In a retrospective cohort study reported in JAMA Surgery, Hammad et al found that adjuvant therapy was associated with better outcomes vs no adjuvant therapy in patients with node-negative disease after neoadjuvant therapy and resection of pancreatic carcinoma.
The study used data from prospectively maintained pancreatic cancer databases on 430 consecutive patients treated between 2010 and 2019 at University of Pittsburgh Medical Center and Medical College of Wisconsin who had N0 disease after neoadjuvant therapy and surgical resection. Neoadjuvant therapy consisted of chemotherapy with gemcitabine- or fluorouracil-based regimens, received by all patients; a total of 64.9% of patients received concomitant neoadjuvant radiation therapy with stereotactic body radiotherapy (SBRT) or intensity-modulated radiation therapy (IMRT). A total of 217 patients (51.8%) received adjuvant chemotherapy, consisting of gemcitabine-based therapy or FOLFIRINOX (fluorouracil, leucovorin, irinotecan, oxaliplatin); 8.9% of these patients received adjuvant radiotherapy (SBRT or IMRT).
A total of 11 patients with 90-day mortality or unknown 90-day mortality status were excluded from the analyses of progression-free and overall survival; an additional 6 patients were excluded from progression-free survival analysis due to missing recurrence status or progression-free survival time.
Restricted mean progression-free survival was 4.4 years (95% confidence interval [CI] = 3.8–4.9 years) among 214 patients in the adjuvant therapy group vs 3.4 years (95% CI = 2.8–3.8 years) among 199 patients in the no adjuvant therapy group (P < .001).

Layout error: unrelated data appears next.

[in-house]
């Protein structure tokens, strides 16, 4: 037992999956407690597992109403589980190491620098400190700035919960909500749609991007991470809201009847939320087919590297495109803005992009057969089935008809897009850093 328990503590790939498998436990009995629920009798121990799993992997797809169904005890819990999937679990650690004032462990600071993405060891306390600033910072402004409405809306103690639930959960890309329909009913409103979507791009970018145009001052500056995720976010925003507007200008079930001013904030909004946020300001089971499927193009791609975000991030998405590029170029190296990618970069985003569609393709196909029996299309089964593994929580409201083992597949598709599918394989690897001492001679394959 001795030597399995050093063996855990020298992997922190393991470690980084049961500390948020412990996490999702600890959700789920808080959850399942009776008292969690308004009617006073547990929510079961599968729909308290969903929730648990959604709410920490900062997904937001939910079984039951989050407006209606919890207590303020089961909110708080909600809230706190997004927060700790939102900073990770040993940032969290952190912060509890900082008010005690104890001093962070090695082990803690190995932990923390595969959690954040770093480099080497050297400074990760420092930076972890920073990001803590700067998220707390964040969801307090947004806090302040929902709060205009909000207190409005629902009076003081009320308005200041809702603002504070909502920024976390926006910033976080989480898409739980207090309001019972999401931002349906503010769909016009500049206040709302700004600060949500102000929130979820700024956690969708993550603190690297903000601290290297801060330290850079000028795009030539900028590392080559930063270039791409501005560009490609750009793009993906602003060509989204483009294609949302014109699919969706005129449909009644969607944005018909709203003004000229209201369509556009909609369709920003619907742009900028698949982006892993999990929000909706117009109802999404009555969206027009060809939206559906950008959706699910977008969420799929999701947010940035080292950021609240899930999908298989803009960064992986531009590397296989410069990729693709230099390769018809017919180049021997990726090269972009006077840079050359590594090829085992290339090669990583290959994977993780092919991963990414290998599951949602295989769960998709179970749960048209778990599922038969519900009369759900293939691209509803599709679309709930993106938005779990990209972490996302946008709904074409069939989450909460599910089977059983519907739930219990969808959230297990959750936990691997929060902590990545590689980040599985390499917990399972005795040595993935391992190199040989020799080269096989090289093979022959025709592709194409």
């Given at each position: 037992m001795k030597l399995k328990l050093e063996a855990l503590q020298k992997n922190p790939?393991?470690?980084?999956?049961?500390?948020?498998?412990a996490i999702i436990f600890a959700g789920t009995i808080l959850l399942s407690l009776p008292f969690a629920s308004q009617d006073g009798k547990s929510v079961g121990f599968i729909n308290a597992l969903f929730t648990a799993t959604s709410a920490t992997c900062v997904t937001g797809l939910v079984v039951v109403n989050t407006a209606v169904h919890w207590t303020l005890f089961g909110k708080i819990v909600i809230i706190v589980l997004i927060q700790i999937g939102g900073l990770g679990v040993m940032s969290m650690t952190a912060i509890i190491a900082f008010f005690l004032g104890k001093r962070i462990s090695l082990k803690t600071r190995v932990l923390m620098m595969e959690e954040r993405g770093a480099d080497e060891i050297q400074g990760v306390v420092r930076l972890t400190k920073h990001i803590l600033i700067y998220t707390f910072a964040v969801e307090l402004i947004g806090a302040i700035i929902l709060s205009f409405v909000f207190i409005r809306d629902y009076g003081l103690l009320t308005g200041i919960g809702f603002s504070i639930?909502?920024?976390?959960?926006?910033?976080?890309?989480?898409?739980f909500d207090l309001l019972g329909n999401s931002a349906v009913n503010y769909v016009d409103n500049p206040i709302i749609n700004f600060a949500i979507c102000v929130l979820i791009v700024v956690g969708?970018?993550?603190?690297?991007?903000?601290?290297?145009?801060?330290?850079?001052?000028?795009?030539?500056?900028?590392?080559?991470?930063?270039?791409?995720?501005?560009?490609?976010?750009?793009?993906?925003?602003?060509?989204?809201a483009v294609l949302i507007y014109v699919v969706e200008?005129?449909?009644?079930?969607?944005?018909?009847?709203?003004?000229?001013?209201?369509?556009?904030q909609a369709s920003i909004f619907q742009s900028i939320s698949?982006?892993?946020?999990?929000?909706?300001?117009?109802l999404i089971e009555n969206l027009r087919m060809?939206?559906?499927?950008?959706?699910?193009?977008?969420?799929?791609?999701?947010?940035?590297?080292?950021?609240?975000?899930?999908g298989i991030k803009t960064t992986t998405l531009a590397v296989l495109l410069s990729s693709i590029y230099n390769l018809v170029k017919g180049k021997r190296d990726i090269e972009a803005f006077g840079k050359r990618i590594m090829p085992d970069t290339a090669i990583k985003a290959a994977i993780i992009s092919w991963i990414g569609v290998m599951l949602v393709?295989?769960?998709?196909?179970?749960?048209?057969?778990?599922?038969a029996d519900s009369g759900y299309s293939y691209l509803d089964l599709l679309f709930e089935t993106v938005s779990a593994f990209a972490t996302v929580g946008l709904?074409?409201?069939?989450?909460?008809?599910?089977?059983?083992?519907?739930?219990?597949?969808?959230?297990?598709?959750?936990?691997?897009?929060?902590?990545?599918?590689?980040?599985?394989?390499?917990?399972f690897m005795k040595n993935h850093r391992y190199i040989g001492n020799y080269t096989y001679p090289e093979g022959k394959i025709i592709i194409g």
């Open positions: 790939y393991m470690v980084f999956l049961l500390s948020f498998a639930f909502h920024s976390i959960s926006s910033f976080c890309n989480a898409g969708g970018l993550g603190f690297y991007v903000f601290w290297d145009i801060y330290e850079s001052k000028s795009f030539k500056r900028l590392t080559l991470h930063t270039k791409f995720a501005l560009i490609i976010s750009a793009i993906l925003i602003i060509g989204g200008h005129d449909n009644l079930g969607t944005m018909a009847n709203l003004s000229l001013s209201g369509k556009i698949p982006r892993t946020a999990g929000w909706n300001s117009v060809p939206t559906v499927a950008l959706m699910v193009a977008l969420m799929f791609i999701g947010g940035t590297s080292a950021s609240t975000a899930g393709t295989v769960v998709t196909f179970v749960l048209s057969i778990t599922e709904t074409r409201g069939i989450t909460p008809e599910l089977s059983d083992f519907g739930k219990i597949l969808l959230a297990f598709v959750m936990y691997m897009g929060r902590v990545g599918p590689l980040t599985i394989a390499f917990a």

Restricted mean overall survival was 5.4 years (95% CI = 4.9–5.9 years) among 217 patients in the adjuvant therapy group vs 4.7 years (95% CI = 4.1–5.2 years) among 202 patients in the no adjuvant therapy group (P = .009).
The overall survival benefit of adjuvant therapy was pronounced among patients who did not receive neoadjuvant radiation therapy (5.1 vs 2.0 years, P < .001) and reduced but significant among those who received neoadjuvant radiation therapy (5.1 vs 3.8 years, P = .02). Adjuvant therapy was associated with a significant overall survival benefit among 254 patients with perineural invasion (5.3 vs 3.5 years, P < .001) but not in those without perineural invasion (5.7 vs 6.0 years, P = .84).
On multivariate analysis among all patients, poorer progression-free survival and overall survival were observed among patients with perineural invasion (hazard ratios [HRs] = 2.04, P < .001, and 1.68, P = .009), lymphovascular invasion (n = 92; HRs = 1.47, P = .01, and 1.54, P = .01), and poorly differentiated tumors (n = 61; HRs = 1.90, P = .008, and 1.98, P = .008).
The investigators concluded, “The findings of this cohort study suggest a survival benefit for adjuvant therapy in patients with N0 disease after neoadjuvant therapy and surgical resection. This survival benefit may be most pronounced in patients with perineural invasion.”
Amer H. Zureikat, MD, of the Division of Surgical Oncology, University of Pittsburgh Medical Center, is the corresponding author for the JAMA Surgery article.
Disclosure: For full disclosures of the study authors, visit jamanetwork.com.The content in this post has not been reviewed by the American Society of Clinical Oncology, Inc. (ASCO®) and does not necessarily reflect the ideas and opinions of ASCO®.